The Fruit of “Fanatical Earnestness”: The Testimony of the Eight Witnesses

Bill McKeever recently took a look at the documented history and evidence surrounding the testimonies of the Book of Mormon witnesses. In “Did the Eleven Witnesses Actually See the Gold Plates?” Mr. McKeever wrote,

“Mormons generally believe that these eleven men actually saw the plates in question, and given what they said in their testimonies, it is easy to see why they draw that conclusion. The three witnesses stated that they ‘beheld and saw the plates and the engravings thereon.’ The eight witnesses, in a similar fashion, stated they ‘saw the engravings,’ and that they had also ‘seen and hefted, and know of a surety that the said Smith has got the plates of which we have spoken.’

“Despite the rather lucid description given by these men, it appears that their familiarity with the plates is not as it first appears. Did the witnesses actually see physical plates with their naked eyes? Or was this some sort of mystical experience that involved ‘seeing’ an object that was not really there?

Though not mentioned in Mr. McKeever’s article, this reminded me of something I read some years ago. In Thomas Ford’s A History of Illinois (originally published in 1854) we find a description of the events leading up to the testimony of the eight witnesses:

“…I have been informed by men who were once in the confidence of the prophet that he privately gave a different account of the matter. It is related that the prophet’s early followers were anxious to see the plates; the prophet had always given out that they could not be seen by the carnal eye, but must be spiritually discerned; that the power to see them depended upon faith and was the gift of God, to be obtained by fasting, prayer, mortification of the flesh, and exercises of the spirit; that so soon as he could see the evidences of a strong and lively faith in any of his followers they should be gratified in their holy curiosity. He set them to continual prayer and other spiritual exercises, to acquire this lively faith by means of which the hidden things of God could be spiritually discerned; and at last, when he could delay them no longer, he assembled them in a room and produced a box, which he said contained the precious treasure. The lid was opened; the witnesses peeped into it, but making no discovery, for the box was empty, they said, ‘Brother Joseph, we do not see the plates.’ The prophet answered them, ‘O ye of little faith! how long will God bear with this wicked and perverse generation? Down on your knees, brethren, every one of you, and pray God for the forgiveness of your sins, and for a holy and living faith which cometh down from heaven.’ The disciples dropped to their knees and began to pray in the fervency of their spirit, supplicating God for more than two hours with fanatical earnestness; at the end of which time, looking again into the box, they were now persuaded that they saw the plates.” (177-178)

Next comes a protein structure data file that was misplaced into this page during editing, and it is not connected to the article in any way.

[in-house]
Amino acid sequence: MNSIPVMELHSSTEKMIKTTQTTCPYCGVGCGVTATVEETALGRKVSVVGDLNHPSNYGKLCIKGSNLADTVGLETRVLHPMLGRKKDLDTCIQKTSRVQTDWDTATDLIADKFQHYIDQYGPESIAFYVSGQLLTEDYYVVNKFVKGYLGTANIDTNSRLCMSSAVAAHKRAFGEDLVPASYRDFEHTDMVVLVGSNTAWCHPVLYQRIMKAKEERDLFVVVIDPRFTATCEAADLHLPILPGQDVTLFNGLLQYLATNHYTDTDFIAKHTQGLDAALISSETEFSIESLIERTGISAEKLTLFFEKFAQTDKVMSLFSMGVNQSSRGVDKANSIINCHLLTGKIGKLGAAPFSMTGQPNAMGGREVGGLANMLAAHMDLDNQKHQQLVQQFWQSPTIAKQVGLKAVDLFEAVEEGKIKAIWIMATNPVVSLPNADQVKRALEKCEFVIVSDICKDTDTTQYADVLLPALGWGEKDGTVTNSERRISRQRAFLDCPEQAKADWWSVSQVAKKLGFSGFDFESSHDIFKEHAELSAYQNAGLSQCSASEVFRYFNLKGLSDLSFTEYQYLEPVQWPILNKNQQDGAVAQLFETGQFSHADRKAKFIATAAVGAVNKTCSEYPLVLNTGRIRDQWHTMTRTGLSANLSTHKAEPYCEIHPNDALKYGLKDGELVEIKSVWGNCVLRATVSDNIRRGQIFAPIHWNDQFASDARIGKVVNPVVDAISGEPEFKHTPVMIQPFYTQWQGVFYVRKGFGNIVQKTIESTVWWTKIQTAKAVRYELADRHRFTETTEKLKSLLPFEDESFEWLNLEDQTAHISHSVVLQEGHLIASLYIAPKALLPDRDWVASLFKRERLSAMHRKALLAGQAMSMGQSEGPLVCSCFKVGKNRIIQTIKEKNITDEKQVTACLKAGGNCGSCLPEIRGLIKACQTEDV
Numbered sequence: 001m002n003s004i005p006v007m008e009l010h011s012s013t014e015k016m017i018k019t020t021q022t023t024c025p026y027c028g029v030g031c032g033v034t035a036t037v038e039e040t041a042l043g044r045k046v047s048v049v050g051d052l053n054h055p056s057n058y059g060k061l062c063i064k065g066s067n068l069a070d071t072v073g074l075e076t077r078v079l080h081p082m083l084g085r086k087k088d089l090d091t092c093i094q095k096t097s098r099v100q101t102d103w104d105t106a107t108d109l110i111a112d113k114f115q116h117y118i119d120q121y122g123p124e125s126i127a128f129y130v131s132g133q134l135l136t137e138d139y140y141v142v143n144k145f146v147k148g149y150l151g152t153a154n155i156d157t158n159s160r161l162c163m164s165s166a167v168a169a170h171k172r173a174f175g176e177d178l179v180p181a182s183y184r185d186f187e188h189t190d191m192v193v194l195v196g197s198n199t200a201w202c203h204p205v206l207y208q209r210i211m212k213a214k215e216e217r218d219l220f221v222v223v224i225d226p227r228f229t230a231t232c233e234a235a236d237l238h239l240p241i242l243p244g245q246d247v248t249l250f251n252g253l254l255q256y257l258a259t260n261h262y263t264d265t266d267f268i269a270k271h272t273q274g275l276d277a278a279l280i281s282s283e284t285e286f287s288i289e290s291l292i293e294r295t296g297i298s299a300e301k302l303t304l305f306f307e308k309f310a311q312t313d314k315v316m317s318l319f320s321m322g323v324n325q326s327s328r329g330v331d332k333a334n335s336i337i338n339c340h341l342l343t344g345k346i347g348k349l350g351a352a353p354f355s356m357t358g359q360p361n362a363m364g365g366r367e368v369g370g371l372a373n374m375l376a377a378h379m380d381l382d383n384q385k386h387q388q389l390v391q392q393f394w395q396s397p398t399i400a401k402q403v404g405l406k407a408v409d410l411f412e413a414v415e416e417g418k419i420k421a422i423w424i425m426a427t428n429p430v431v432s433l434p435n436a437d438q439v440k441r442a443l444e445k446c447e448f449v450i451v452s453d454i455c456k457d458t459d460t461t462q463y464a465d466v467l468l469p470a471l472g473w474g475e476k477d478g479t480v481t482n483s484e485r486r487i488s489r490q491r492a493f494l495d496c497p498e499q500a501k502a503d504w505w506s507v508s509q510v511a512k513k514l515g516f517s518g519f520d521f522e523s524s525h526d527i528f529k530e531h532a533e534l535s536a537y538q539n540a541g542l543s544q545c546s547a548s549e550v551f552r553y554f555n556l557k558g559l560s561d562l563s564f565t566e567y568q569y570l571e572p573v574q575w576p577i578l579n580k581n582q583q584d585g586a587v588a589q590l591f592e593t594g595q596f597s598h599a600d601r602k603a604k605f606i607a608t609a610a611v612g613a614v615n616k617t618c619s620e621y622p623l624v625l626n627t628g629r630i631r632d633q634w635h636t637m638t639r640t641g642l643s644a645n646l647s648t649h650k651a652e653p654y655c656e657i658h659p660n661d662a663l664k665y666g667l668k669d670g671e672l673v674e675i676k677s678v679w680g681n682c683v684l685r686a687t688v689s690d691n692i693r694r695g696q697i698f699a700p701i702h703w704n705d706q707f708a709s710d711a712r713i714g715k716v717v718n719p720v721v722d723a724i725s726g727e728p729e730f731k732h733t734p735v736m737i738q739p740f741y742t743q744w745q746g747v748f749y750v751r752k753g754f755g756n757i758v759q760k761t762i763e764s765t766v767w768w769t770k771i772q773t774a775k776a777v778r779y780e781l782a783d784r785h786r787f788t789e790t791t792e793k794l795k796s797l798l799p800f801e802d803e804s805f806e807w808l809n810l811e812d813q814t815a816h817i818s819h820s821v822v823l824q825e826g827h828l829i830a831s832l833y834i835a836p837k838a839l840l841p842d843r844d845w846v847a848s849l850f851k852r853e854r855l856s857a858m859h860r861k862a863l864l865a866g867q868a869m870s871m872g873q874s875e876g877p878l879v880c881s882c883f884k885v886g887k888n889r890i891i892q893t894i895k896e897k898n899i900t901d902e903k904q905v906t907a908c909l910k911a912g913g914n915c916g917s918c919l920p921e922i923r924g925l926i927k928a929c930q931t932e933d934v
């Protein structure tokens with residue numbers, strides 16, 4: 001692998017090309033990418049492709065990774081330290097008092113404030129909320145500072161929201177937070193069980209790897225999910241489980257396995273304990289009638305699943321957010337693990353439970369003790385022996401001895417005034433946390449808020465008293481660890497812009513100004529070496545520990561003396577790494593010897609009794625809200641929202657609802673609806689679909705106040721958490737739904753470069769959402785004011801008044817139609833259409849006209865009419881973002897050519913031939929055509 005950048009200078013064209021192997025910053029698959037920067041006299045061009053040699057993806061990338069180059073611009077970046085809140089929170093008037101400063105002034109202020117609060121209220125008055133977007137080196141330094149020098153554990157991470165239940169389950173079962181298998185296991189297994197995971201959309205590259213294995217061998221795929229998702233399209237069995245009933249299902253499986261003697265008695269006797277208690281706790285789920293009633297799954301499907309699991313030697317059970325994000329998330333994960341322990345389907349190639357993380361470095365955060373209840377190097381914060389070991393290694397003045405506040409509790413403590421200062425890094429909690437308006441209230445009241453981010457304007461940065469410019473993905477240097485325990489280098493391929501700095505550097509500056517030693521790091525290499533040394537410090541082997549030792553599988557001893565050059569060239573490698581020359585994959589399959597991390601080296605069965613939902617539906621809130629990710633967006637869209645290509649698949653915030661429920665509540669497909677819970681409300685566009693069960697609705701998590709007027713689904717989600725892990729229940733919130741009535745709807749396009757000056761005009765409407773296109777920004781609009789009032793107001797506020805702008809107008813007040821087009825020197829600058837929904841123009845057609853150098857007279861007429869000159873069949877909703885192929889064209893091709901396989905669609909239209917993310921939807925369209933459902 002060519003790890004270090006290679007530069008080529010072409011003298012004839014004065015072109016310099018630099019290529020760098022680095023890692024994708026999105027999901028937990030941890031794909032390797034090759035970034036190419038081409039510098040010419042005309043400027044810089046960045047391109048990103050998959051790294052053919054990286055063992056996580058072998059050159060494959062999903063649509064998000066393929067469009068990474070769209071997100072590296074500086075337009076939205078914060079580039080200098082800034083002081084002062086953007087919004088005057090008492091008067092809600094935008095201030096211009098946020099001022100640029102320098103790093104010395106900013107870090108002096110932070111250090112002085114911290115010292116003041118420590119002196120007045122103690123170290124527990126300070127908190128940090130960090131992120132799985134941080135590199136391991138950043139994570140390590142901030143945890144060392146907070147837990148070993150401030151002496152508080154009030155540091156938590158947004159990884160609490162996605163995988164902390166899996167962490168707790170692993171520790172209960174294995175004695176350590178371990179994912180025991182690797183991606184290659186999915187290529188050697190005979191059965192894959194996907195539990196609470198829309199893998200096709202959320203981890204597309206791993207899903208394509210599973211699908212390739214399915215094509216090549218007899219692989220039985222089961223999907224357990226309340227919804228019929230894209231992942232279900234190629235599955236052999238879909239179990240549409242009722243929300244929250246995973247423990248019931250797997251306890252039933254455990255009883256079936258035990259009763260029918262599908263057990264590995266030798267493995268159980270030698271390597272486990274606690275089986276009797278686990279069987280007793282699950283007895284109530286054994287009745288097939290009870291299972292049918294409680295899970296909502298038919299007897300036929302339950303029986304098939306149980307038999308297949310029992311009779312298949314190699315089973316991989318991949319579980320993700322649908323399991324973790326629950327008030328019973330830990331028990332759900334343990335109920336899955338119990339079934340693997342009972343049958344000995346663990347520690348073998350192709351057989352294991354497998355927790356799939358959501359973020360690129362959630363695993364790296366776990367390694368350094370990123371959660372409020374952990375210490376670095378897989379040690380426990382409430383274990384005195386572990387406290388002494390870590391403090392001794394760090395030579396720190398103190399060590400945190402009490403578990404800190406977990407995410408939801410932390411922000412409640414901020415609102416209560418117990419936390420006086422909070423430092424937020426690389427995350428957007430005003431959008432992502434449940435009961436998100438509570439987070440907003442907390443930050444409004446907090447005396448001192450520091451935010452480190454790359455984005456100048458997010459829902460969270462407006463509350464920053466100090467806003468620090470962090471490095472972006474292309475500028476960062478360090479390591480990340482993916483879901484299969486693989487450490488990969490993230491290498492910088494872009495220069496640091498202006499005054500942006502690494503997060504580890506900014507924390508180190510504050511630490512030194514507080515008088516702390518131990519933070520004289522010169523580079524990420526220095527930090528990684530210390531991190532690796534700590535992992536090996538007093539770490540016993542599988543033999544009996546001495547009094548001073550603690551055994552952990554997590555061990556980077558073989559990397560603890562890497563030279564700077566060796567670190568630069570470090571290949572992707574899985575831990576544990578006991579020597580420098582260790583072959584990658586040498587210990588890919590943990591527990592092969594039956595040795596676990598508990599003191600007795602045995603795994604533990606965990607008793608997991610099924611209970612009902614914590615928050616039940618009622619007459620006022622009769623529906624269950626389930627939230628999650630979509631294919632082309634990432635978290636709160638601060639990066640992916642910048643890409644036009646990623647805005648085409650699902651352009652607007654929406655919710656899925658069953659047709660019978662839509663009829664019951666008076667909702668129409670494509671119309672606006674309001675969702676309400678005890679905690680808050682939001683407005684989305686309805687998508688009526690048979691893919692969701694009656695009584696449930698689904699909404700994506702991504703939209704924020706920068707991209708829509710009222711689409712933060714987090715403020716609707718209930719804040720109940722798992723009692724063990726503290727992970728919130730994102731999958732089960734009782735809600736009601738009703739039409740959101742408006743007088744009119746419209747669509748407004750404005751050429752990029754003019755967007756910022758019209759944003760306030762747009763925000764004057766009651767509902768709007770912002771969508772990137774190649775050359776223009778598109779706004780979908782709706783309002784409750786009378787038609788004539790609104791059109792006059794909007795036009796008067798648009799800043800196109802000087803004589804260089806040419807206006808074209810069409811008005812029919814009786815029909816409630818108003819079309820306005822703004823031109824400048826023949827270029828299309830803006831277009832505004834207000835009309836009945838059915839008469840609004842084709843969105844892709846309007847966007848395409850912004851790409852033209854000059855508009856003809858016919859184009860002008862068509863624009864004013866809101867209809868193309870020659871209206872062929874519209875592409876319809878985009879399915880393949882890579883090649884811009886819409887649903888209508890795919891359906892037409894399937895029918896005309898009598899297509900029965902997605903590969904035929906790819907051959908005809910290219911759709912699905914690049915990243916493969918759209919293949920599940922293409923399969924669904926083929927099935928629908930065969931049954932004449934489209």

About Sharon Lindbloom

Sharon surrendered her life to the Lord Jesus Christ in 1979. Deeply passionate about Truth, Sharon loves serving as a full-time volunteer research associate with Mormonism Research Ministry. Sharon and her husband live in Minnesota.
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51 Responses to The Fruit of “Fanatical Earnestness”: The Testimony of the Eight Witnesses

  1. Arthur Sido says:


    “But for me, the bottom line is Christ, and I see His hand at work in both. This leads me to believe that in His eyes it is broader than what some might believe.”

    That is where we need to dig deeper, because when you say Jesus Christ and I say Jesus Christ, we aren’t talking about the same thing. I don’t say that to be mean or hateful, but it is just the truth. Basic primary sources of both Christianity and Mormonism show Christ fundamentally different from one another, not in degrees or quibbles, but as different as night and day. Many of the discussions mormons and Christians have just dance around the periphery. Where the differences start ultimately and always need to come back to is the question that Christ asked Peter “but who do you say that I am?” How we answer that question makes all the difference, both now and in eternity.

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